- Trenching – A trenching shovel has a very narrow blade on it that has a sharp curve that helps you create neat trenches. It works well for shallow digging projects alongside flower beds too.
- Drain – This is the best shovel for creating precise and narrow cuts. They have a round tip, very narrow design, and slightly curved sides.
- Scoop – These are larger shovels that work well for lifting and moving dirt and soil around. They have wide blades with thicker handles that allow you to get a good leverage on whatever you’re lifting.
- Scraper – Scraper shovels have a very straight blade with a sharpened edge that allows you to get up under ice or and debris and scrape them off your driveway, patio, or porch. They’re not good for digging or lifting.
- Edger – Edgers have a blade shaped like a half moon. You can use them to cut through more shallow turf, and they’re very useful for cleaning up the borders of patios, walkways, flower beds, or driveways, and they work well along fence lines.
- Post Hole – This tool has two blades connected with a hinge. It allows you to sink the blades into the ground, capture dirt, and pull it back out. They’re not very common, and they work best in loose or recently tilled soil.
When you pick out the type of shovel you want, you can then use these buying considerations to narrow down the best shovel out of the lot. There are several different things to consider, and having a list is a nice way of making sure that you don’t forget anything.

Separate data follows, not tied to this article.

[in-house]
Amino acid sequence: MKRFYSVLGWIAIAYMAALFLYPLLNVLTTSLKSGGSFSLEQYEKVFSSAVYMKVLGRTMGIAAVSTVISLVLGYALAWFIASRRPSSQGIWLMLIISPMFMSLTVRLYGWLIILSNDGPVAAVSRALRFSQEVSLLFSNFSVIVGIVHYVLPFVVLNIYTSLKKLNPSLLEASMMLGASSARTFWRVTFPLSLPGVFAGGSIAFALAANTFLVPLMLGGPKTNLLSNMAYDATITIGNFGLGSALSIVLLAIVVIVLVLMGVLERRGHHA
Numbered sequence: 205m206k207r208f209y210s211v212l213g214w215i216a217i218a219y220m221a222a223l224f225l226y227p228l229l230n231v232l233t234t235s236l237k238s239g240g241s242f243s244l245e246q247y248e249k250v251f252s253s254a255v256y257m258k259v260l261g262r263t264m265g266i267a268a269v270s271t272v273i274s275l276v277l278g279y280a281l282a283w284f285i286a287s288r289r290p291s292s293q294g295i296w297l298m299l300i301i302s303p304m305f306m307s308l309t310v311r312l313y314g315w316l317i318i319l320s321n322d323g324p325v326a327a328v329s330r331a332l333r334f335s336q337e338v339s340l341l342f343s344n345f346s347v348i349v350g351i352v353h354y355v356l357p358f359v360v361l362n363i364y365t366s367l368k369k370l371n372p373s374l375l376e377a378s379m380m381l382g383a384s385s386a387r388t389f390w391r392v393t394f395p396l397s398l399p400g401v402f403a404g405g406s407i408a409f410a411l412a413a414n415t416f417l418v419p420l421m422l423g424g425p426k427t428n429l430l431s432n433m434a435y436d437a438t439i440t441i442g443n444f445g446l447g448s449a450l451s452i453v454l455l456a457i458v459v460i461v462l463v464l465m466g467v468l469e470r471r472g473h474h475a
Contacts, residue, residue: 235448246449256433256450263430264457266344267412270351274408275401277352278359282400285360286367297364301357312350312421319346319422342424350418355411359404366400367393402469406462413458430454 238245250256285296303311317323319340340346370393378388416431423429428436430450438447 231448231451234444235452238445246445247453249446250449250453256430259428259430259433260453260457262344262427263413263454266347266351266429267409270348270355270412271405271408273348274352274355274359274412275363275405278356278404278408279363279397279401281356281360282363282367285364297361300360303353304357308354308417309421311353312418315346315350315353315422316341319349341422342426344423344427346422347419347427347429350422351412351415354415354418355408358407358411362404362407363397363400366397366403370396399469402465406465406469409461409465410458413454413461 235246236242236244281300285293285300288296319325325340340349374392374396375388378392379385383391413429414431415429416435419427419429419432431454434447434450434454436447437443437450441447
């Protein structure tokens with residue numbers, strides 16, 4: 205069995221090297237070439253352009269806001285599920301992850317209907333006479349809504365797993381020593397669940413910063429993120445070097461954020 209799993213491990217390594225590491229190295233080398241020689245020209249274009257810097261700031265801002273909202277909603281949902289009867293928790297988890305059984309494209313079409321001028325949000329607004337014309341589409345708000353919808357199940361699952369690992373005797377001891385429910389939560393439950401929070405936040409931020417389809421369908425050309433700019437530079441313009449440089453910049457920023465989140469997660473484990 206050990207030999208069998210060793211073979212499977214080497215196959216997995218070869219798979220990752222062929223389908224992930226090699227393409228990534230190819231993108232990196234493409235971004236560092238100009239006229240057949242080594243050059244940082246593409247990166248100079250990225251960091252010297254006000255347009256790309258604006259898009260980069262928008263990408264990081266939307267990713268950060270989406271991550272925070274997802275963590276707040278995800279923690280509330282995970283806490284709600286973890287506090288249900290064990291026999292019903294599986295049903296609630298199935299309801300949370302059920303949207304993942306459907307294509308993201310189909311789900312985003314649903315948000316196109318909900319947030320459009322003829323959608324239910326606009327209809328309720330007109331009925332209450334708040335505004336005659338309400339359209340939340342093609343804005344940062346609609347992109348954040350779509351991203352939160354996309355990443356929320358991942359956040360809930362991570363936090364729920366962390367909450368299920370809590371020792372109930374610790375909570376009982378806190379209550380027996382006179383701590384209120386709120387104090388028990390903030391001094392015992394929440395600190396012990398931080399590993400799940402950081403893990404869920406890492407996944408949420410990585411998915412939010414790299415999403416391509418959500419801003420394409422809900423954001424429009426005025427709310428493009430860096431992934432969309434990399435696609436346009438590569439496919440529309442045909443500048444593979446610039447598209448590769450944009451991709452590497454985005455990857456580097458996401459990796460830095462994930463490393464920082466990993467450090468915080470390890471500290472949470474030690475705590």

Both your shovel’s handle and blade should be made out of a durable material. The handle is usually wood or fiberglass. Fiberglass does have some give to it, but it has a coating that ensures you won’t get splinters. Wood is popular, but it’s prone to breaking down quicker. For the blade, steel and aluminum are very popular. Heavy-gauge steel is built to last, but it also adds a lot of weight to the shovel. Aluminum isn’t as durable, but it’s a very lightweight material that resists rusting or corroding. Decide on a material for both the handle and the blade straight away.
The shovel’s material will play a direct role in how long the shovel lasts and how well it stands up to your working environment.
The best shovels come in a broad range of sizes and styles. Ideally, your shovel will have a handle that is long enough to accommodate you so you’re not bending and stretching a lot when you use it. Some handles have adjustable lengths, but they’re usually less durable. The blade size will also matter because longer blades will help you dig deeper with every go, but wider blades are good for hauling. Smaller blades are easier to use, but they’re usually less efficient than the bigger ones.